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The Weeknd sued over alleged Call Out My Name song-theft

By | Published on Tuesday 21 September 2021

The Weeknd

Another song-theft lawsuit for you now. The Weeknd has been accused of ripping off elements of an earlier track on his 2018 hit ‘Call Out My Name’.

Producers Suniel Fox and Henry Strange reckon that record lifts from their 2015 track ‘Vibeking’. Indeed, ‘Call Out My Name’ and ‘Vibeking’ “contain quantitatively and qualitatively similar material in their respective lead guitar and vocal hooks, including melodic, harmonic, and rhythmic elements”, the two producers state in a new lawsuit filed with the courts in California.

Though, while said lawsuit then talks through those similarities in some detail, perhaps more important is the explanation of how The Weeknd, real name Abel Tesfaye, got himself a copy of ‘Vibeking’, which is somewhat stronger than the explanations found in many other song-theft lawsuits.

Fox and Strange allege that they sent a copy of ‘Vibeking’ to Tesfaye collaborator Eric White, aka PNDA, in April 2015. They did so, they add, on the specific understanding that White would share the track with Tesfaye on the basis that doing so might result in some kind of collaboration.

White did just that and then reported back that Tesfaye said of ‘Vibeking’: “Shit’s fiiiire”. Which, the lawsuit helpfully explains, suggests “that The Weeknd liked, enjoyed, and/or thought highly of ‘Vibeking'”.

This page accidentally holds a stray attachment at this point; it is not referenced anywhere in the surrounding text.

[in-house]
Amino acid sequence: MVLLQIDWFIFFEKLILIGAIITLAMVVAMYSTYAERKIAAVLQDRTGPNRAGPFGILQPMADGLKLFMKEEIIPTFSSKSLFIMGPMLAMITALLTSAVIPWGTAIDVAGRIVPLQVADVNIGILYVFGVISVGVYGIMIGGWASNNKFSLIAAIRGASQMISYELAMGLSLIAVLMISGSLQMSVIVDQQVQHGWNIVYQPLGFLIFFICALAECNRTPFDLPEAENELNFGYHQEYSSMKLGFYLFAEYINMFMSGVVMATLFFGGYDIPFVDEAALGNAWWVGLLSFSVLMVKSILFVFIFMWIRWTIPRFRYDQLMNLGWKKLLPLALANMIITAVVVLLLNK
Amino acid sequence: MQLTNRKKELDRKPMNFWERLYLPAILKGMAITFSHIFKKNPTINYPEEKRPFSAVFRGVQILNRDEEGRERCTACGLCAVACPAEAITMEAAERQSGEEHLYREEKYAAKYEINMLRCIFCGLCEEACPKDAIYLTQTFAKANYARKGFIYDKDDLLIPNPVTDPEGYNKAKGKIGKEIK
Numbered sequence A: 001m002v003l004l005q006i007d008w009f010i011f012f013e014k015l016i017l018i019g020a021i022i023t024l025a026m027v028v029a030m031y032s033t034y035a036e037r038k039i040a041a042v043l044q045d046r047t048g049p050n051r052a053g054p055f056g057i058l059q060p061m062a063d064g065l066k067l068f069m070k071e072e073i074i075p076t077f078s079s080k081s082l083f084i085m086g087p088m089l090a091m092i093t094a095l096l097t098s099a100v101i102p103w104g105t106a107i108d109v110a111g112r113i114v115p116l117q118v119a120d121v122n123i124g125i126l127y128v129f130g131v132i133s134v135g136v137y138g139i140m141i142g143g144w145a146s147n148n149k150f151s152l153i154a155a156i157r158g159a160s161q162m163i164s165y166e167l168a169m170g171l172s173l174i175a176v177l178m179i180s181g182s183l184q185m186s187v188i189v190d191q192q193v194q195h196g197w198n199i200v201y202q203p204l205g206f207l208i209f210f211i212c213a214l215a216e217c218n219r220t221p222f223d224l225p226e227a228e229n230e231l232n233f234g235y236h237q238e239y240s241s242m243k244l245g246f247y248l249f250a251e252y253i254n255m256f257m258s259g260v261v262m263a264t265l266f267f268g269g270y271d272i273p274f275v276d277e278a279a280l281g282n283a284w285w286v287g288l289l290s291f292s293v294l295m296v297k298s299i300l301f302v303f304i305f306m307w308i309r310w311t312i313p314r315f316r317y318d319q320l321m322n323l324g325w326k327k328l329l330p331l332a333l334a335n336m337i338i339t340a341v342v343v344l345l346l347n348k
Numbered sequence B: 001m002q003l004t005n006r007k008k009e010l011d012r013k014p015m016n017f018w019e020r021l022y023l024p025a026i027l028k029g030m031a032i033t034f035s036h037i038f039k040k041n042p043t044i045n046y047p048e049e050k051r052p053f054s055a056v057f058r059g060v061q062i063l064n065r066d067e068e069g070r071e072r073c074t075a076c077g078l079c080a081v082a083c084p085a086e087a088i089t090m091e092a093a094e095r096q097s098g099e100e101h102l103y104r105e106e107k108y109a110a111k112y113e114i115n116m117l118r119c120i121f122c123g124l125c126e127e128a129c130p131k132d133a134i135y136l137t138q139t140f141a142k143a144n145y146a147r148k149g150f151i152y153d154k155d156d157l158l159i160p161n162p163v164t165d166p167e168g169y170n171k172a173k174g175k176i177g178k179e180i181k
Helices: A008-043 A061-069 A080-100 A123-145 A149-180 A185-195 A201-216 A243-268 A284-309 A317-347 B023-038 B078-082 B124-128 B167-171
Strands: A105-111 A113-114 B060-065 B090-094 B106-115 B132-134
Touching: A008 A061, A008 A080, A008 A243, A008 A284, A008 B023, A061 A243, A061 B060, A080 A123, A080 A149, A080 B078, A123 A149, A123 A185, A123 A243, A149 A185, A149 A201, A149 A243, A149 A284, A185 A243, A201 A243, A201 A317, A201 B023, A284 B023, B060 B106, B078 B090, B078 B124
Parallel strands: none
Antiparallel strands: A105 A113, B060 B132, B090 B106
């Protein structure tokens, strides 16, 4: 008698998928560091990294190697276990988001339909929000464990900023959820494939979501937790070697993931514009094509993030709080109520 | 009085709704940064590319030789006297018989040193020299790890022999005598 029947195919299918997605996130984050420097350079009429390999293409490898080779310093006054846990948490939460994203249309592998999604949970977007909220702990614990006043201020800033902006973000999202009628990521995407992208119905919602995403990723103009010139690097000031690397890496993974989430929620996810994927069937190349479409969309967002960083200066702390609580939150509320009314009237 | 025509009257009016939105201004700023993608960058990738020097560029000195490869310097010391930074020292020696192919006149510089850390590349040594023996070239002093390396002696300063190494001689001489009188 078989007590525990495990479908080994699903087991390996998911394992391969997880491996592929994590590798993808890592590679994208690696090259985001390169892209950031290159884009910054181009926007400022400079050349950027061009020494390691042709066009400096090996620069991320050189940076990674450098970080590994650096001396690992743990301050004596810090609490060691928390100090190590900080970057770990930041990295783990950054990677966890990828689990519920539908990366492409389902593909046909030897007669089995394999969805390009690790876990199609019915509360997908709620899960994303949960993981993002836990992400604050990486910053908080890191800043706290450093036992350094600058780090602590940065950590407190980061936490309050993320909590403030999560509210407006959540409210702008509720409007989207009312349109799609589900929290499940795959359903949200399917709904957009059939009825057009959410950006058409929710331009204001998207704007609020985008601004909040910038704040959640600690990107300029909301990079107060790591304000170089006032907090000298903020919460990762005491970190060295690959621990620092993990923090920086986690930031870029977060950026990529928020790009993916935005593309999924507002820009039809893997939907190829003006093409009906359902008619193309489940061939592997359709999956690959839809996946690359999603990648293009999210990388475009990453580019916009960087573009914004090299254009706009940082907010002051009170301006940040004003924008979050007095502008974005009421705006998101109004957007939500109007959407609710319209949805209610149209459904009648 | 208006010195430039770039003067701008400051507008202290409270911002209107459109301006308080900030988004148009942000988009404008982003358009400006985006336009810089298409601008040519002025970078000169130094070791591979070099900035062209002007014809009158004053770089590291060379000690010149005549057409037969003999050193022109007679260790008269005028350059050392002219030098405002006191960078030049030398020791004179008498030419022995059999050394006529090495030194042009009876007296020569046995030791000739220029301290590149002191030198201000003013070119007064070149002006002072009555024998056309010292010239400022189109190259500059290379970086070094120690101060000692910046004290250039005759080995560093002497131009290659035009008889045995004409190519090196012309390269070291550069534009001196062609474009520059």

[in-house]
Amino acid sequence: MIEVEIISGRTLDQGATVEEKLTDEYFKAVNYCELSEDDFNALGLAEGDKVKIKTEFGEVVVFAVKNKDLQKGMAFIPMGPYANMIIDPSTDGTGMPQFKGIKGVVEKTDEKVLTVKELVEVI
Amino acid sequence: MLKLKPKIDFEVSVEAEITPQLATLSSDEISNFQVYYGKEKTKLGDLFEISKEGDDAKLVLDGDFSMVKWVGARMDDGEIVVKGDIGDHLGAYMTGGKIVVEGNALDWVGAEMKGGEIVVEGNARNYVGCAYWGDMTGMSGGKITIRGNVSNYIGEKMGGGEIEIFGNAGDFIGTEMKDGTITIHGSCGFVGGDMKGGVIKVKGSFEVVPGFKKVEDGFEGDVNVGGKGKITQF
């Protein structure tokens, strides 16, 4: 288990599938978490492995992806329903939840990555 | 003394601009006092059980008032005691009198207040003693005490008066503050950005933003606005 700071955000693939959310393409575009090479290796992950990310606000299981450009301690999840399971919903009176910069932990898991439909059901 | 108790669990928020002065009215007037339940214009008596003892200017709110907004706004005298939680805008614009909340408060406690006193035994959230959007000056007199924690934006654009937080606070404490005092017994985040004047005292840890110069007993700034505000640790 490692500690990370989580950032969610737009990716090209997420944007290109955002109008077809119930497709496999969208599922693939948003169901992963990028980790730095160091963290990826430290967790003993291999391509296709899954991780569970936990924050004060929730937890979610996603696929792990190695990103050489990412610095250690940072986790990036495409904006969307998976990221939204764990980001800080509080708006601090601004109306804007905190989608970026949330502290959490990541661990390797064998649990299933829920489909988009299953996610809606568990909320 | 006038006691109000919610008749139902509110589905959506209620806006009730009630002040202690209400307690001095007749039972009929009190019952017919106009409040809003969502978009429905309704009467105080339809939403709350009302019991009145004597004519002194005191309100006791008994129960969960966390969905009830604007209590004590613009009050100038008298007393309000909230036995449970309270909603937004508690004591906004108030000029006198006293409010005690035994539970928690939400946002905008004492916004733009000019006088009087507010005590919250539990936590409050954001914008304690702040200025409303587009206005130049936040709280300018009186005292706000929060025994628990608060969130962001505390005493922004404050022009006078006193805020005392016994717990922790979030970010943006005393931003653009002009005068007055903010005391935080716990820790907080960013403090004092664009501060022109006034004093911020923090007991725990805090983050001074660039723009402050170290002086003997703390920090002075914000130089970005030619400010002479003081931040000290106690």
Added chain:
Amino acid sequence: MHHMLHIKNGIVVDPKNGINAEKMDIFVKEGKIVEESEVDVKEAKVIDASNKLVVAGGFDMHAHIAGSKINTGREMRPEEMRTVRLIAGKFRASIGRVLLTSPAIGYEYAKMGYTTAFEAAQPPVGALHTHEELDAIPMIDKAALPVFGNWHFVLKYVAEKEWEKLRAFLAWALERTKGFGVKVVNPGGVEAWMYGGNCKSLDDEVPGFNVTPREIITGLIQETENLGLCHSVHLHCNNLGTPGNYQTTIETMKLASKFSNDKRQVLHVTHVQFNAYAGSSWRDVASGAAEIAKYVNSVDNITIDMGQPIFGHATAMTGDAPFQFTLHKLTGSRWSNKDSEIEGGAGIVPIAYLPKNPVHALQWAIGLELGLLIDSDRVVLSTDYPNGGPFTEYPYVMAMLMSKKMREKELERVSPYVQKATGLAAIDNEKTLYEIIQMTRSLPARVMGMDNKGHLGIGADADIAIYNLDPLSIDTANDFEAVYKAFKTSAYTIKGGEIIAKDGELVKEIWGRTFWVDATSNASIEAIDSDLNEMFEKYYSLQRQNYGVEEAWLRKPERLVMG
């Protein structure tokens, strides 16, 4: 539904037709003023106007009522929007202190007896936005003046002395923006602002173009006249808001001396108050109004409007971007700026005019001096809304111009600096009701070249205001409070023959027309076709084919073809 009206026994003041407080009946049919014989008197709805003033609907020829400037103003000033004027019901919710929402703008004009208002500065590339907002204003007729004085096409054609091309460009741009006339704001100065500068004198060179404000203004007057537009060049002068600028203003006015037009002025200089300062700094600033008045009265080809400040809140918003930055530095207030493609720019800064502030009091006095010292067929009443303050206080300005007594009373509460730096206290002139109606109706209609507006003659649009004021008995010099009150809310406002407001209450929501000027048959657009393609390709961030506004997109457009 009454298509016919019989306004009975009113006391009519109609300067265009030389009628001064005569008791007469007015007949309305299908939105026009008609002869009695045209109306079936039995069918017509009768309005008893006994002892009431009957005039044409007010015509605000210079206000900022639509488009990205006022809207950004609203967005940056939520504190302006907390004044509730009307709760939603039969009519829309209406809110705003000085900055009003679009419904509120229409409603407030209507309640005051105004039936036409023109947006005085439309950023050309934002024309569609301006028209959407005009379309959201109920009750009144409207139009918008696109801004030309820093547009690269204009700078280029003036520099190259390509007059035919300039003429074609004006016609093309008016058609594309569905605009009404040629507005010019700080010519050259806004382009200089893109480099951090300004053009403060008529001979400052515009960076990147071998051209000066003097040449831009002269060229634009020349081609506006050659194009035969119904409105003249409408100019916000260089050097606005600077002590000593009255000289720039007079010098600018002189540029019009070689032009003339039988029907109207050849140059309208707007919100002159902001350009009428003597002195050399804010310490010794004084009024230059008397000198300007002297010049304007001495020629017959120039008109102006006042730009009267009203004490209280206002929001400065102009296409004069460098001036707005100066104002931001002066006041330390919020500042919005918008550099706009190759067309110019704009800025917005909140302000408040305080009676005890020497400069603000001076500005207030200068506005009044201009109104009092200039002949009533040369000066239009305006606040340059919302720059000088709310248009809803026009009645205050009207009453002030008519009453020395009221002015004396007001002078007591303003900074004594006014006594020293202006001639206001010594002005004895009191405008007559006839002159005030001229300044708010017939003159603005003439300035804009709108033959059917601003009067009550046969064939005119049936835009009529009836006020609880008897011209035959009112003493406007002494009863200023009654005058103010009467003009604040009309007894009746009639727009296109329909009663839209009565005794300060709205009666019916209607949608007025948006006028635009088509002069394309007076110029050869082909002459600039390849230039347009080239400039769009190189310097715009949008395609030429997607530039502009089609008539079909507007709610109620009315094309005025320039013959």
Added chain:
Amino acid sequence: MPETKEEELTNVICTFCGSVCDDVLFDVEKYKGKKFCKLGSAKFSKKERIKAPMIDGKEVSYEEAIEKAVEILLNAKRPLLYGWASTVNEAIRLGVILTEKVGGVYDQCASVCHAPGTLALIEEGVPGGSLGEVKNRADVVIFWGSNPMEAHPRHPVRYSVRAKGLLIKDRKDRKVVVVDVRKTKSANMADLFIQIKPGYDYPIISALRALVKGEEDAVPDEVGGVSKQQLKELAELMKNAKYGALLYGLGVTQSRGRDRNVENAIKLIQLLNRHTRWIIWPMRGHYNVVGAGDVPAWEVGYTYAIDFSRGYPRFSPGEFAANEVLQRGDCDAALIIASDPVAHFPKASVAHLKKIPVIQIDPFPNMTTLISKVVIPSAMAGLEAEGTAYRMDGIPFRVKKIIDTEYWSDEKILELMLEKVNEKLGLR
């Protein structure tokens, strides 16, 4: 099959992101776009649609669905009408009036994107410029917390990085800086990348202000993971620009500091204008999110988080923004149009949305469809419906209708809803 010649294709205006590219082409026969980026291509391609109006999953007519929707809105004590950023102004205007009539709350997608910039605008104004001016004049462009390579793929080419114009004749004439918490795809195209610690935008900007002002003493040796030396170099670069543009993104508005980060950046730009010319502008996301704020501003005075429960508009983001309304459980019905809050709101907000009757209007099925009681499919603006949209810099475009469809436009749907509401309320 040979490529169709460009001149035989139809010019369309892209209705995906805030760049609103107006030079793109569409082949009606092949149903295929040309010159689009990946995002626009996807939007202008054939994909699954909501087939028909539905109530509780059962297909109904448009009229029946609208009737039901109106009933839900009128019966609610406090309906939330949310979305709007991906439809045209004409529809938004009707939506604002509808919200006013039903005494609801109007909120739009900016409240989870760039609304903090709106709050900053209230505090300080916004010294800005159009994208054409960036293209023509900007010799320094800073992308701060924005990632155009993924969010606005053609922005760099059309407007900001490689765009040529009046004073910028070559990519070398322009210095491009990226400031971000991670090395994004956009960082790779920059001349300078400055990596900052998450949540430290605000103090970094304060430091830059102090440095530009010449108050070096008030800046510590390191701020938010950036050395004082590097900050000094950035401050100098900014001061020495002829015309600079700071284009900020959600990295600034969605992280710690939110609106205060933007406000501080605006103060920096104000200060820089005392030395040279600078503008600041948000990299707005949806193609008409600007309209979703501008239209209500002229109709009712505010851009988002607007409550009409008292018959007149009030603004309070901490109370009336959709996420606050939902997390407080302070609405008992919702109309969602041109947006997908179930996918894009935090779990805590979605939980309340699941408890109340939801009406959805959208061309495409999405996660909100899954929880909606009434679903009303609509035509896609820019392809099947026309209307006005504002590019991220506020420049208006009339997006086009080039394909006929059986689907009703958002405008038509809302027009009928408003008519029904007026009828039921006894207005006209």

Despite the positive feedback – reconfirmed in subsequent emails – it seemed that Tesfaye wasn’t interested in working with Fox and Strange. But then, in October 2016, White said he was going to put ‘Vibeking’ back in front of Tesfaye.

He suggested to Strange that he tell Tesfaye “our production team wrote the track”, because “he doesn’t know you”. Strange responded that he had actually met Tesfaye at a Drake show. So he suggested White tell Tesfaye that ‘Vibeking’ had been produced by “the guy with the ponytail you met on [the] Drake tour – who is part of our production team”.

But, it seems, nothing ever came of that exchange. And then, in 2018, ‘Call Out My Name’ was released. So, Fox and Strange allege, having gained access to their track, defendants then “included elements in the ‘Call Out My Name’ musical composition and sound recording that are strikingly and/or substantially similar, if not identical, to original elements from the ‘Vibeking’ musical composition and sound recording, without a licence, authorisation, or consent from plaintiffs”.

Fox and Strange’s lawsuit names as defendants Tesfaye and his two co-writers on ‘Call Out My Name’, plus his label at Universal Music, all the publishers with a stake in The Weeknd song, and even the writers’ collecting societies and the streaming services that have the hit in their catalogues.